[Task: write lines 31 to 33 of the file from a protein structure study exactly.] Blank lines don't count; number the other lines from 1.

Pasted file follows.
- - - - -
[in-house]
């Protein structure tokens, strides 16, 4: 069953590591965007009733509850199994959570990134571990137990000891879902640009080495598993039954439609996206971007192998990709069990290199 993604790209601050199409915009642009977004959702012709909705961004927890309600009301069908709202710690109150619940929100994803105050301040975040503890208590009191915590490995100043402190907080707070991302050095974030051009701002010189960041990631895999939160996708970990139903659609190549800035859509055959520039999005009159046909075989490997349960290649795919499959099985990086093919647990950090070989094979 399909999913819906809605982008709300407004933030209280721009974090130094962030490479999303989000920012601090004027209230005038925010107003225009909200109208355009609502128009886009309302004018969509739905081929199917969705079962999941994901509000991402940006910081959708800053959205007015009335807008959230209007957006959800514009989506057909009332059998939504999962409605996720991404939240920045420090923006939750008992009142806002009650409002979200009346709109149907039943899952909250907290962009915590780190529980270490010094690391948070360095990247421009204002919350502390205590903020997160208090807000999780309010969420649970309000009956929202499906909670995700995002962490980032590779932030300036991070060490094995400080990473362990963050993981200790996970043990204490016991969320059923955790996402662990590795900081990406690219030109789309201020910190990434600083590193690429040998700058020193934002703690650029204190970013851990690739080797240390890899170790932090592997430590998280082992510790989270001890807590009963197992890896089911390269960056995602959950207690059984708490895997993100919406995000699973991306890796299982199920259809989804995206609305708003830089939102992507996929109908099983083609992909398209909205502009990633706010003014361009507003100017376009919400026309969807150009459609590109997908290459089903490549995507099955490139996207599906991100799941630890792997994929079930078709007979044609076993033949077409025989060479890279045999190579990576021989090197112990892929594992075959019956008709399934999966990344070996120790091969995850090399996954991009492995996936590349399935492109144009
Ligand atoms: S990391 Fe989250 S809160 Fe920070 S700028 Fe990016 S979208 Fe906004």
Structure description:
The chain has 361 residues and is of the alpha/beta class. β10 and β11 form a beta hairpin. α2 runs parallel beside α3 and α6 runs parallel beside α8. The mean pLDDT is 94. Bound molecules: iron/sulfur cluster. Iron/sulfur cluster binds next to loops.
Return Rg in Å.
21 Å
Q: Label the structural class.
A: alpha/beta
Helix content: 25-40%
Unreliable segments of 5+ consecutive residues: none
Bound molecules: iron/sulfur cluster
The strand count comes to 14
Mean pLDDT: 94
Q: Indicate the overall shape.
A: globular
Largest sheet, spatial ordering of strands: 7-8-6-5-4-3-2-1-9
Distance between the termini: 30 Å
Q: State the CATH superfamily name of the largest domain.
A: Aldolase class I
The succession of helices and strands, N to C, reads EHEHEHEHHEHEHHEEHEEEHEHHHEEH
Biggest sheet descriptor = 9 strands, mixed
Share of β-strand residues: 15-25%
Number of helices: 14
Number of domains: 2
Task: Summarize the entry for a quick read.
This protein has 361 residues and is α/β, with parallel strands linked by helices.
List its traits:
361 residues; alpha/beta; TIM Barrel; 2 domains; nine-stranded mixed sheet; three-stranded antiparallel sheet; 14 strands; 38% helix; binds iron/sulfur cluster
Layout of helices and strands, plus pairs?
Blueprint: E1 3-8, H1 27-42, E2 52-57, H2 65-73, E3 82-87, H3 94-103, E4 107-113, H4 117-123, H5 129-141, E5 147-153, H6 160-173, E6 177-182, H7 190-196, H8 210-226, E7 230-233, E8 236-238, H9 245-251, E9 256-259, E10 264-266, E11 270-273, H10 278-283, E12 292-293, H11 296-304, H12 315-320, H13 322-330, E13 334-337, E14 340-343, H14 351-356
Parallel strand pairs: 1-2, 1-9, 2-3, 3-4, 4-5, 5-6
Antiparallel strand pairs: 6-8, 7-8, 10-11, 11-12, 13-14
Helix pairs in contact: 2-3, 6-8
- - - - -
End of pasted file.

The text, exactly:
Blueprint: E1 3-8, H1 27-42, E2 52-57, H2 65-73, E3 82-87, H3 94-103, E4 107-113, H4 117-123, H5 129-141, E5 147-153, H6 160-173, E6 177-182, H7 190-196, H8 210-226, E7 230-233, E8 236-238, H9 245-251, E9 256-259, E10 264-266, E11 270-273, H10 278-283, E12 292-293, H11 296-304, H12 315-320, H13 322-330, E13 334-337, E14 340-343, H14 351-356
Parallel strand pairs: 1-2, 1-9, 2-3, 3-4, 4-5, 5-6
Antiparallel strand pairs: 6-8, 7-8, 10-11, 11-12, 13-14